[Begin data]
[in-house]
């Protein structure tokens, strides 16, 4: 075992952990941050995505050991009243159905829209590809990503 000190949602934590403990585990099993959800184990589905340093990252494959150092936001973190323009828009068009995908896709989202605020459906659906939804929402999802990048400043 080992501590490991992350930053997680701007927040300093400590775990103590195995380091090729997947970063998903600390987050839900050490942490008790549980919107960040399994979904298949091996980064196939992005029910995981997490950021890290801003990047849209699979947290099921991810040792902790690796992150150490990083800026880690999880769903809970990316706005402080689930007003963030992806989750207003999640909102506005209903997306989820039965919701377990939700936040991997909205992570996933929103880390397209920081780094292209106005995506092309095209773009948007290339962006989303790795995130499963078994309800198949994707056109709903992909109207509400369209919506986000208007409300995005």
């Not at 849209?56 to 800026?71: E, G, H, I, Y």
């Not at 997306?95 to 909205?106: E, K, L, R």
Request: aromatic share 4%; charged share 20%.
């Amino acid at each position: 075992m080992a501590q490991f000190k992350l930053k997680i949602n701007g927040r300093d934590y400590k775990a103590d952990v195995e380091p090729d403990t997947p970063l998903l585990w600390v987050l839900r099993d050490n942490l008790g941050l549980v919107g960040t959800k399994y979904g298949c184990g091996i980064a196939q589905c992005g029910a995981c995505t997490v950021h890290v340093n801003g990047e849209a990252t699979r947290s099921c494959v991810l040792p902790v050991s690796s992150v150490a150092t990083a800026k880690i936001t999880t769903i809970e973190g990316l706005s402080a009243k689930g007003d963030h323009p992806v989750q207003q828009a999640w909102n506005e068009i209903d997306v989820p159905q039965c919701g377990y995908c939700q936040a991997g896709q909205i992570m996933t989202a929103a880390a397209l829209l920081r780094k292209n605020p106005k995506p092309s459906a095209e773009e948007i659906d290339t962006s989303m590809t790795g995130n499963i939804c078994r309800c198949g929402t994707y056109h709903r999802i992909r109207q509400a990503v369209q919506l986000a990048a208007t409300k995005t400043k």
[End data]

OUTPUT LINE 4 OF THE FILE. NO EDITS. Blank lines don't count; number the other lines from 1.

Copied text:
């Not at 997306?95 to 909205?106: E, K, L, R």